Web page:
"Defeated No More" plies a similar tempo and similarly rosy chords; but, in contrast, has "warm-up set" written all over it. Friendly Fires vocalist Ed Macfarlane transmits a sturdy, optimistic warmth, no matter how much his voice is multi-tracked into wispy dissolution; with its pumping, pneumatic groove and grounded pedal tones, "Defeated" is clearly meant as a steadfast emotional foundation for DJs to build an entire night upon. And "Confess to Me" (featuring Jessie Ware) and "January" (co-starring Jamie Woon) fall somewhere in the middle, taking complementary paths to the subwoofer/sunroof sweet spot. The former, with its staccato bass line and glassy, dissonant synthesizers, is all libidinal nervousness — funk at its most nail-biting. Whereas the latter asks what would happen if Robin Thicke got busy in the basement of a London club night where Larry Heard and Kerri Chandler were in heavy rotation.
Disclosure don't always break out of these self-imposed boxes, relying on the same billowing chords stabs, the kind standardized by 1990s deep house. Employed sparingly, their parallel harmonies create a wonderful frisson — refusing to resolve according to conventional music theory, they feel deliciously wrong. But such tricks are all over the album, the same way they were all over most of the duo's previous recordings, and by Settle's end, they begin to sound much less spine-tingling. "F for You" and "When a Fire Starts to Burn" are both stonking house tracks, with ultra-low bass lines counterbalancing woozy chords and whip-cracking drum patterns, but there's something pro forma about them. It might have something to do with the voices they use. "Burn" is all gruff shouts; "F for You," while smoother, still has a particularly masculine energy to its breathy come-ons and kiss-offs. The brothers get more expressive range out of vocals by female singers or, as in the case of Macfarlane and Woon, men with a killer falsettos. Someone really ought to hook these guys up with Usher.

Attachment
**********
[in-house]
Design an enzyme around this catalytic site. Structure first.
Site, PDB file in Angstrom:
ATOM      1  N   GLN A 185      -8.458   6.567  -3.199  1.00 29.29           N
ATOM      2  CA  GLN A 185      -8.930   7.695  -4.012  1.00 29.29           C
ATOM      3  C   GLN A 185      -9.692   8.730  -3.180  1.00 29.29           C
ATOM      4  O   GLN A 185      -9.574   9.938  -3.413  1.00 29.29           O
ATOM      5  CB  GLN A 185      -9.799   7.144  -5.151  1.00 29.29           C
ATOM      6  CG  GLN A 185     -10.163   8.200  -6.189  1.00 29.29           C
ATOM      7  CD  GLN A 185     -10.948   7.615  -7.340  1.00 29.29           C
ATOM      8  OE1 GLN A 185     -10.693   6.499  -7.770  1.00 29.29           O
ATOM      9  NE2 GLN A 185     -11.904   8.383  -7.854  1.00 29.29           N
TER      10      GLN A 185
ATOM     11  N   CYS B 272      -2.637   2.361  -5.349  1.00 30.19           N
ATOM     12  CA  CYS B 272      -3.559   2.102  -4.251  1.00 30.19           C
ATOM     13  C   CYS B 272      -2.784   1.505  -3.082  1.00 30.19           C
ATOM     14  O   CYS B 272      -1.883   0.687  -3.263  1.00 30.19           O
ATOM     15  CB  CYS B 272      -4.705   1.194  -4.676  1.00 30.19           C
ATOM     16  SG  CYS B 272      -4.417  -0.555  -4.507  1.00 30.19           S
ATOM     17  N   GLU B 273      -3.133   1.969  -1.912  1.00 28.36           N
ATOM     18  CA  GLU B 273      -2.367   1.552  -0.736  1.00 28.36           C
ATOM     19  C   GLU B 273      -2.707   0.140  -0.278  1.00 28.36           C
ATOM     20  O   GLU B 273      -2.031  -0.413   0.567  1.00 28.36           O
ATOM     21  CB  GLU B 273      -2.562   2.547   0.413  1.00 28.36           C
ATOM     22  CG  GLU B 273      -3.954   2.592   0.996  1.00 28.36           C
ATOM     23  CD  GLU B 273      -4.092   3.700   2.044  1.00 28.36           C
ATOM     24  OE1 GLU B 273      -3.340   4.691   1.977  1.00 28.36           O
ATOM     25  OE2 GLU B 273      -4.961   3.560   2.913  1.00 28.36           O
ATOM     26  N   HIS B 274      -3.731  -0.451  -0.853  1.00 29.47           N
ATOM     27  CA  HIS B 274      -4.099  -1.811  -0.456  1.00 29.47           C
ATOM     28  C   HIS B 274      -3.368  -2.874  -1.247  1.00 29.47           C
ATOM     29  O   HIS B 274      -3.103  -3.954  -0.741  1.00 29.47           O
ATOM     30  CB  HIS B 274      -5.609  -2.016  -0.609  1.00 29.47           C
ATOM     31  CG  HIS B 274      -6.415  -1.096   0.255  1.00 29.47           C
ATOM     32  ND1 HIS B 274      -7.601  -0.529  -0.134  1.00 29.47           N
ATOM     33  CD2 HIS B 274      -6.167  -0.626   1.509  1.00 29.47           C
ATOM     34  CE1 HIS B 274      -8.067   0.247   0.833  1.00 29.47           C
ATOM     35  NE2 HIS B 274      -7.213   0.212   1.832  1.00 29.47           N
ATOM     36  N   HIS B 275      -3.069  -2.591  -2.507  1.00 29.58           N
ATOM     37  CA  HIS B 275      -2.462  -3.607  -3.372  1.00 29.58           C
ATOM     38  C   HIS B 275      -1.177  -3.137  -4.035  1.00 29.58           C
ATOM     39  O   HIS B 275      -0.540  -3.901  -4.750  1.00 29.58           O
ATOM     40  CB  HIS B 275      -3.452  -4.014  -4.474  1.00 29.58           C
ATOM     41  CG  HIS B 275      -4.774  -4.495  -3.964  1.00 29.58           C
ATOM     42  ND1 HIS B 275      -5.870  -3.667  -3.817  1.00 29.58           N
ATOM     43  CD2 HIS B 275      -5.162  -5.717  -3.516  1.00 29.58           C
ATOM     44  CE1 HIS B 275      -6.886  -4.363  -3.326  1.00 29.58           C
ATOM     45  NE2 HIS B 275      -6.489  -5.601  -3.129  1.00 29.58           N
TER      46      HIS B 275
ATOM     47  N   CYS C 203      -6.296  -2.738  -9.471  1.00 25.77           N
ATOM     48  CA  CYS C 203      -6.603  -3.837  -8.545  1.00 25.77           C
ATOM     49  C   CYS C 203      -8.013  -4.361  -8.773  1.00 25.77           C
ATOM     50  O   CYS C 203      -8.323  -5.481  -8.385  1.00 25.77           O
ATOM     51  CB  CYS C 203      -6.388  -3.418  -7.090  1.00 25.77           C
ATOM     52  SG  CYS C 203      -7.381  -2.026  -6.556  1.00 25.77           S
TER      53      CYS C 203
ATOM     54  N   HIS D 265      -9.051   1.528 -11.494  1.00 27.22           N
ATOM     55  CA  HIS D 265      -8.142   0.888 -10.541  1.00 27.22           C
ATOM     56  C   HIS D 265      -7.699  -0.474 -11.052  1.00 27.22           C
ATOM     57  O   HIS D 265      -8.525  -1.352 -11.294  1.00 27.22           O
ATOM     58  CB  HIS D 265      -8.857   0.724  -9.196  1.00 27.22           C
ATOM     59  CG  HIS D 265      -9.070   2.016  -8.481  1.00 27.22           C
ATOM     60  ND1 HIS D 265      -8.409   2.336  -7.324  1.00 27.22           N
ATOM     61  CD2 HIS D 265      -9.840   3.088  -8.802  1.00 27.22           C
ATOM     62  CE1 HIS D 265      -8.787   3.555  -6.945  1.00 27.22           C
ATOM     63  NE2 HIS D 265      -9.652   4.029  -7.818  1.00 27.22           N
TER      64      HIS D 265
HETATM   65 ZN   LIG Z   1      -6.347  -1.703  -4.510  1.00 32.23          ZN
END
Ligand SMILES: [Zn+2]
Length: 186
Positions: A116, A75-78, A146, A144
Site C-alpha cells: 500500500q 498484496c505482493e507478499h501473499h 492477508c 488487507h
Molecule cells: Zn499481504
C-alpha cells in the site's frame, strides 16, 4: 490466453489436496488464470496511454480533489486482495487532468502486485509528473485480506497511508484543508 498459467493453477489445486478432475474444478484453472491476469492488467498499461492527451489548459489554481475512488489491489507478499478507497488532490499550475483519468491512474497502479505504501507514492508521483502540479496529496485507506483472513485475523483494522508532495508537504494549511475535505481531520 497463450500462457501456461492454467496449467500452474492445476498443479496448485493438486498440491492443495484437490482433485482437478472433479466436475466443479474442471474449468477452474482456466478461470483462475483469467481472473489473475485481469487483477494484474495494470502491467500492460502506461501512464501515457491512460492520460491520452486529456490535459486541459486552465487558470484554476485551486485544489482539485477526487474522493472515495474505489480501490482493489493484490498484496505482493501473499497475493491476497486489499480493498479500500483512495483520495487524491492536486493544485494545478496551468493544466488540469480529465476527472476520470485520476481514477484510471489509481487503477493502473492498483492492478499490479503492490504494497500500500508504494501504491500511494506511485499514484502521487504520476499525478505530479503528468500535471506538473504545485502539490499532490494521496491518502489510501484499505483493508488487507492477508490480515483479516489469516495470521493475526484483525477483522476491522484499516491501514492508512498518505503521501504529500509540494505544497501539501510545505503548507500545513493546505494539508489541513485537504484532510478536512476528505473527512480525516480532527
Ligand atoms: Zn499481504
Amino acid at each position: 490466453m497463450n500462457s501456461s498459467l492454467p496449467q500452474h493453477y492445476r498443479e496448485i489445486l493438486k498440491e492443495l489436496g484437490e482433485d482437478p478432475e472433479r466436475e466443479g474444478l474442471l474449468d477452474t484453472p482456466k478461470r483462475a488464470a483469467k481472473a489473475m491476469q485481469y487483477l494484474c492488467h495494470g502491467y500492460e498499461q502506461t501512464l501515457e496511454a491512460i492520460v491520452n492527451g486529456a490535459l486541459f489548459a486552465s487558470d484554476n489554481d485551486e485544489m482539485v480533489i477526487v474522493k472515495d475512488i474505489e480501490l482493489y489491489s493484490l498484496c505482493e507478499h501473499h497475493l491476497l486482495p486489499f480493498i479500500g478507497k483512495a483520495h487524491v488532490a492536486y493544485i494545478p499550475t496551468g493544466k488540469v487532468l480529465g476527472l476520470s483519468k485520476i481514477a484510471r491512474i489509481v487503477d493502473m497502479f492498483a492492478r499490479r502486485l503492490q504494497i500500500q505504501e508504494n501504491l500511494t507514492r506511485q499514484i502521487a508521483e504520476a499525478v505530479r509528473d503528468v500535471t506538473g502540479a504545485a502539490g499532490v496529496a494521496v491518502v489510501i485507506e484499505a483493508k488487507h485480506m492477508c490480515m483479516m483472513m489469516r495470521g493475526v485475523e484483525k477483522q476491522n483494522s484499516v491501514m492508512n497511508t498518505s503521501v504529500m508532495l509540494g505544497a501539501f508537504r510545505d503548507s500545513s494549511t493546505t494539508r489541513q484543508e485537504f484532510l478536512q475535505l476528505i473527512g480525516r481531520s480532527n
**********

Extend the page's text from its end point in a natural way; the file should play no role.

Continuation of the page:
Or maybe not. Because Disclosure seem to have a knack for working with vocalists who aren't more famous than they are. They don't rely on the singer's personality to bring life to the music; their vocalists are generally expressive, but they're also sort of anonymous. Nobody's going to hear one of these tracks on the radio and say, "My god, that's Ed Macfarlane!" It's a refreshing change from the way dance-pop crossovers tend to be made, as with, say, Calvin Harris and his long line of A&R-approved collaborators: Kelis, Rihanna, Ellie Goulding, Tinie Tempah, Dizzie Rascal, Ne-Yo, Florence Welch. Settle's highlights aren't meant to be star turns. The self-effacing brothers aren't upstaged by their guests, but they don't bury them in the mix, either. At least on the best tracks, they meet them halfway, deep in the zone, where the bass line beckons, the disco ball throws off a dizzy light, and everything else is just window dressing.